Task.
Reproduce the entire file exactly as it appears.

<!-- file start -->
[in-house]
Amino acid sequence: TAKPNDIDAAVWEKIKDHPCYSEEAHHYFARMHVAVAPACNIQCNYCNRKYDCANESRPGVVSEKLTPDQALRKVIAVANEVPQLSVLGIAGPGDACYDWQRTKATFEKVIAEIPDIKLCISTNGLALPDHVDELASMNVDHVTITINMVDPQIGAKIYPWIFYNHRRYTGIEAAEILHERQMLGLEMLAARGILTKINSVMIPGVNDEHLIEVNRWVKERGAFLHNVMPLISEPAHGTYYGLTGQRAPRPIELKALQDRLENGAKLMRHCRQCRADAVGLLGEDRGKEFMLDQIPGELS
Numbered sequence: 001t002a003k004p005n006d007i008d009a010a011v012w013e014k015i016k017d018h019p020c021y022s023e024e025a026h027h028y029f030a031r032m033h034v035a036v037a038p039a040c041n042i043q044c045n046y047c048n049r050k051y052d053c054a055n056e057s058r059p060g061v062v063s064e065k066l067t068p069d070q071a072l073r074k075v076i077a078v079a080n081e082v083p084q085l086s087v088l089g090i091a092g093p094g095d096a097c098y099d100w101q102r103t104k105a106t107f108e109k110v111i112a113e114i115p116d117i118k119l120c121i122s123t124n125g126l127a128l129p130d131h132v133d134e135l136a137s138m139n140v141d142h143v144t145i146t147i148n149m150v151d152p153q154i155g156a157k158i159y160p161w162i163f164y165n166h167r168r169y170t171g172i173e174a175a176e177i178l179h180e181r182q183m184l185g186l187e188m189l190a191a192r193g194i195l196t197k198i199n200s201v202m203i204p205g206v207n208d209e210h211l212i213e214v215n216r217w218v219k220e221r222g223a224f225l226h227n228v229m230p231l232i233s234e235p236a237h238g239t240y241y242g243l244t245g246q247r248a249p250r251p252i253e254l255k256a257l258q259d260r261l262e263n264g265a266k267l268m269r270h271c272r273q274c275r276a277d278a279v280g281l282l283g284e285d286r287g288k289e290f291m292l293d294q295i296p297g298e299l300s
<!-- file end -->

[in-house]
Amino acid sequence: TAKPNDIDAAVWEKIKDHPCYSEEAHHYFARMHVAVAPACNIQCNYCNRKYDCANESRPGVVSEKLTPDQALRKVIAVANEVPQLSVLGIAGPGDACYDWQRTKATFEKVIAEIPDIKLCISTNGLALPDHVDELASMNVDHVTITINMVDPQIGAKIYPWIFYNHRRYTGIEAAEILHERQMLGLEMLAARGILTKINSVMIPGVNDEHLIEVNRWVKERGAFLHNVMPLISEPAHGTYYGLTGQRAPRPIELKALQDRLENGAKLMRHCRQCRADAVGLLGEDRGKEFMLDQIPGELS
Numbered sequence: 001t002a003k004p005n006d007i008d009a010a011v012w013e014k015i016k017d018h019p020c021y022s023e024e025a026h027h028y029f030a031r032m033h034v035a036v037a038p039a040c041n042i043q044c045n046y047c048n049r050k051y052d053c054a055n056e057s058r059p060g061v062v063s064e065k066l067t068p069d070q071a072l073r074k075v076i077a078v079a080n081e082v083p084q085l086s087v088l089g090i091a092g093p094g095d096a097c098y099d100w101q102r103t104k105a106t107f108e109k110v111i112a113e114i115p116d117i118k119l120c121i122s123t124n125g126l127a128l129p130d131h132v133d134e135l136a137s138m139n140v141d142h143v144t145i146t147i148n149m150v151d152p153q154i155g156a157k158i159y160p161w162i163f164y165n166h167r168r169y170t171g172i173e174a175a176e177i178l179h180e181r182q183m184l185g186l187e188m189l190a191a192r193g194i195l196t197k198i199n200s201v202m203i204p205g206v207n208d209e210h211l212i213e214v215n216r217w218v219k220e221r222g223a224f225l226h227n228v229m230p231l232i233s234e235p236a237h238g239t240y241y242g243l244t245g246q247r248a249p250r251p252i253e254l255k256a257l258q259d260r261l262e263n264g265a266k267l268m269r270h271c272r273q274c275r276a277d278a279v280g281l282l283g284e285d286r287g288k289e290f291m292l293d294q295i296p297g298e299l300s